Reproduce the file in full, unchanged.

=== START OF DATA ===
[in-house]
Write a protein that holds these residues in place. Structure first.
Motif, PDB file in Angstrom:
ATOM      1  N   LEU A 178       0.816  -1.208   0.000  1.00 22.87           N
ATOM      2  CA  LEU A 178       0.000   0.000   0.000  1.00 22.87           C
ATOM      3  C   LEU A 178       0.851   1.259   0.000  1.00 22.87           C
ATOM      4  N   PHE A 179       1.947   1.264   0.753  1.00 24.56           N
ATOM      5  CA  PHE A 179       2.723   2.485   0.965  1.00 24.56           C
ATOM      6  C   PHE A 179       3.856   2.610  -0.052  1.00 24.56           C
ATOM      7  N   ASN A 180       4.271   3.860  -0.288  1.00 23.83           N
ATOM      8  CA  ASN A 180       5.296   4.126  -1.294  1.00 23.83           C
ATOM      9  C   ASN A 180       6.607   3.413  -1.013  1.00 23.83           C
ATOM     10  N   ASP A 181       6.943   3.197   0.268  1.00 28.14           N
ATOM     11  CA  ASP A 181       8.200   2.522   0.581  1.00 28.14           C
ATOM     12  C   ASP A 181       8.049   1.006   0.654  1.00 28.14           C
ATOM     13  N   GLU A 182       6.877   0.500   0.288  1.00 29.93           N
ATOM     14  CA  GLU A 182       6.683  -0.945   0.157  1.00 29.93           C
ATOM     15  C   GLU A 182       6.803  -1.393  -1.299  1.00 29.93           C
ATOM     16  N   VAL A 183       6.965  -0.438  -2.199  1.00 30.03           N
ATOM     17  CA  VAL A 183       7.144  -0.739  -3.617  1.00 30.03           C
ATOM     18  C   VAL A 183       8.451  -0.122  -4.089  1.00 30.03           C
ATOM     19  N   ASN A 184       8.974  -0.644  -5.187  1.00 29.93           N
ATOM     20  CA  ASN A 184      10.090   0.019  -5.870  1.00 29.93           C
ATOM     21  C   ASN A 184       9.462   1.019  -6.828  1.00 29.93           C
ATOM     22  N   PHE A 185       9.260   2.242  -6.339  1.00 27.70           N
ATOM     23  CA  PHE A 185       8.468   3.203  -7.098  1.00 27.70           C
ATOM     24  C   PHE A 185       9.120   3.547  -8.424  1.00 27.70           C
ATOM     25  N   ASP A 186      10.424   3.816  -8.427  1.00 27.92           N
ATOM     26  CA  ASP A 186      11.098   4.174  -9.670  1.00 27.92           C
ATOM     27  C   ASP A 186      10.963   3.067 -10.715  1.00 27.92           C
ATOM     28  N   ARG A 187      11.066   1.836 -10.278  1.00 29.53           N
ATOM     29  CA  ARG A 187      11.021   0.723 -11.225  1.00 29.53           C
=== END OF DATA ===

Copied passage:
[in-house]
Write a protein that holds these residues in place. Structure first.
Motif, PDB file in Angstrom:
ATOM      1  N   LEU A 178       0.816  -1.208   0.000  1.00 22.87           N
ATOM      2  CA  LEU A 178       0.000   0.000   0.000  1.00 22.87           C
ATOM      3  C   LEU A 178       0.851   1.259   0.000  1.00 22.87           C
ATOM      4  N   PHE A 179       1.947   1.264   0.753  1.00 24.56           N
ATOM      5  CA  PHE A 179       2.723   2.485   0.965  1.00 24.56           C
ATOM      6  C   PHE A 179       3.856   2.610  -0.052  1.00 24.56           C
ATOM      7  N   ASN A 180       4.271   3.860  -0.288  1.00 23.83           N
ATOM      8  CA  ASN A 180       5.296   4.126  -1.294  1.00 23.83           C
ATOM      9  C   ASN A 180       6.607   3.413  -1.013  1.00 23.83           C
ATOM     10  N   ASP A 181       6.943   3.197   0.268  1.00 28.14           N
ATOM     11  CA  ASP A 181       8.200   2.522   0.581  1.00 28.14           C
ATOM     12  C   ASP A 181       8.049   1.006   0.654  1.00 28.14           C
ATOM     13  N   GLU A 182       6.877   0.500   0.288  1.00 29.93           N
ATOM     14  CA  GLU A 182       6.683  -0.945   0.157  1.00 29.93           C
ATOM     15  C   GLU A 182       6.803  -1.393  -1.299  1.00 29.93           C
ATOM     16  N   VAL A 183       6.965  -0.438  -2.199  1.00 30.03           N
ATOM     17  CA  VAL A 183       7.144  -0.739  -3.617  1.00 30.03           C
ATOM     18  C   VAL A 183       8.451  -0.122  -4.089  1.00 30.03           C
ATOM     19  N   ASN A 184       8.974  -0.644  -5.187  1.00 29.93           N
ATOM     20  CA  ASN A 184      10.090   0.019  -5.870  1.00 29.93           C
ATOM     21  C   ASN A 184       9.462   1.019  -6.828  1.00 29.93           C
ATOM     22  N   PHE A 185       9.260   2.242  -6.339  1.00 27.70           N
ATOM     23  CA  PHE A 185       8.468   3.203  -7.098  1.00 27.70           C
ATOM     24  C   PHE A 185       9.120   3.547  -8.424  1.00 27.70           C
ATOM     25  N   ASP A 186      10.424   3.816  -8.427  1.00 27.92           N
ATOM     26  CA  ASP A 186      11.098   4.174  -9.670  1.00 27.92           C
ATOM     27  C   ASP A 186      10.963   3.067 -10.715  1.00 27.92           C
ATOM     28  N   ARG A 187      11.066   1.836 -10.278  1.00 29.53           N
ATOM     29  CA  ARG A 187      11.021   0.723 -11.225  1.00 29.53           C